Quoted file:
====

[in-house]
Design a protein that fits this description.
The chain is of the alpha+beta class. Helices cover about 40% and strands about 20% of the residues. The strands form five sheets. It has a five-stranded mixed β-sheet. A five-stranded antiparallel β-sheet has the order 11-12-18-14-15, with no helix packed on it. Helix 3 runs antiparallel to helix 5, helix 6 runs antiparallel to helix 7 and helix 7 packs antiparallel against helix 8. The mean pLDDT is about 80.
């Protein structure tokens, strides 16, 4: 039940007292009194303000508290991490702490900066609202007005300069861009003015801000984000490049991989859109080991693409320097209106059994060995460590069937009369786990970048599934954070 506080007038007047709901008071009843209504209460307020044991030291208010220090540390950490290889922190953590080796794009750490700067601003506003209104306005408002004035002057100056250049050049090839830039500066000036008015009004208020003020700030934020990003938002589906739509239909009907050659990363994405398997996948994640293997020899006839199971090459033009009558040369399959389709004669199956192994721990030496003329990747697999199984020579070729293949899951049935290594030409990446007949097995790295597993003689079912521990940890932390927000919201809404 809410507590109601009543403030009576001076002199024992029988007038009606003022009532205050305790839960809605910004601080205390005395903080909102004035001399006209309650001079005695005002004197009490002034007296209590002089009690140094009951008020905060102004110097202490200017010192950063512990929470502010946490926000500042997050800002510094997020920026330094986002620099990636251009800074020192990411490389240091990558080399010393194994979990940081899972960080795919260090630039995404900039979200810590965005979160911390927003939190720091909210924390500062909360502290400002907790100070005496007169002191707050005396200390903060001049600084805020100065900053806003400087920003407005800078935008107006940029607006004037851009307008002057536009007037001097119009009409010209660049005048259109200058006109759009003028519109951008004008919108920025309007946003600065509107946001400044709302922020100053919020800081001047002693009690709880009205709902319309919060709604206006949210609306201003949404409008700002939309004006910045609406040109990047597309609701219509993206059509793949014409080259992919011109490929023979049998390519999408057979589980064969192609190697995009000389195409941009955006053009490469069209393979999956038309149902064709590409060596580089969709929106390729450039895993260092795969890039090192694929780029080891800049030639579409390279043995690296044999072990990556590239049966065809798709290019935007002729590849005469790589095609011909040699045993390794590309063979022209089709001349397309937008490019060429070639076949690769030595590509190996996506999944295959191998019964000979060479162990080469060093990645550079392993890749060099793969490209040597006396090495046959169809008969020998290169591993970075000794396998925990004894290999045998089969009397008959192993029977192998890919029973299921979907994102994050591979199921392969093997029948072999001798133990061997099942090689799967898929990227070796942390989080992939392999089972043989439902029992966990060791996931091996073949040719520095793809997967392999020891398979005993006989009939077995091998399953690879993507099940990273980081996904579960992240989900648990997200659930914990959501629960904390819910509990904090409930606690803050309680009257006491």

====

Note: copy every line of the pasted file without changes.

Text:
[in-house]
Design a protein that fits this description.
The chain is of the alpha+beta class. Helices cover about 40% and strands about 20% of the residues. The strands form five sheets. It has a five-stranded mixed β-sheet. A five-stranded antiparallel β-sheet has the order 11-12-18-14-15, with no helix packed on it. Helix 3 runs antiparallel to helix 5, helix 6 runs antiparallel to helix 7 and helix 7 packs antiparallel against helix 8. The mean pLDDT is about 80.
């Protein structure tokens, strides 16, 4: 039940007292009194303000508290991490702490900066609202007005300069861009003015801000984000490049991989859109080991693409320097209106059994060995460590069937009369786990970048599934954070 506080007038007047709901008071009843209504209460307020044991030291208010220090540390950490290889922190953590080796794009750490700067601003506003209104306005408002004035002057100056250049050049090839830039500066000036008015009004208020003020700030934020990003938002589906739509239909009907050659990363994405398997996948994640293997020899006839199971090459033009009558040369399959389709004669199956192994721990030496003329990747697999199984020579070729293949899951049935290594030409990446007949097995790295597993003689079912521990940890932390927000919201809404 809410507590109601009543403030009576001076002199024992029988007038009606003022009532205050305790839960809605910004601080205390005395903080909102004035001399006209309650001079005695005002004197009490002034007296209590002089009690140094009951008020905060102004110097202490200017010192950063512990929470502010946490926000500042997050800002510094997020920026330094986002620099990636251009800074020192990411490389240091990558080399010393194994979990940081899972960080795919260090630039995404900039979200810590965005979160911390927003939190720091909210924390500062909360502290400002907790100070005496007169002191707050005396200390903060001049600084805020100065900053806003400087920003407005800078935008107006940029607006004037851009307008002057536009007037001097119009009409010209660049005048259109200058006109759009003028519109951008004008919108920025309007946003600065509107946001400044709302922020100053919020800081001047002693009690709880009205709902319309919060709604206006949210609306201003949404409008700002939309004006910045609406040109990047597309609701219509993206059509793949014409080259992919011109490929023979049998390519999408057979589980064969192609190697995009000389195409941009955006053009490469069209393979999956038309149902064709590409060596580089969709929106390729450039895993260092795969890039090192694929780029080891800049030639579409390279043995690296044999072990990556590239049966065809798709290019935007002729590849005469790589095609011909040699045993390794590309063979022209089709001349397309937008490019060429070639076949690769030595590509190996996506999944295959191998019964000979060479162990080469060093990645550079392993890749060099793969490209040597006396090495046959169809008969020998290169591993970075000794396998925990004894290999045998089969009397008959192993029977192998890919029973299921979907994102994050591979199921392969093997029948072999001798133990061997099942090689799967898929990227070796942390989080992939392999089972043989439902029992966990060791996931091996073949040719520095793809997967392999020891398979005993006989009939077995091998399953690879993507099940990273980081996904579960992240989900648990997200659930914990959501629960904390819910509990904090409930606690803050309680009257006491």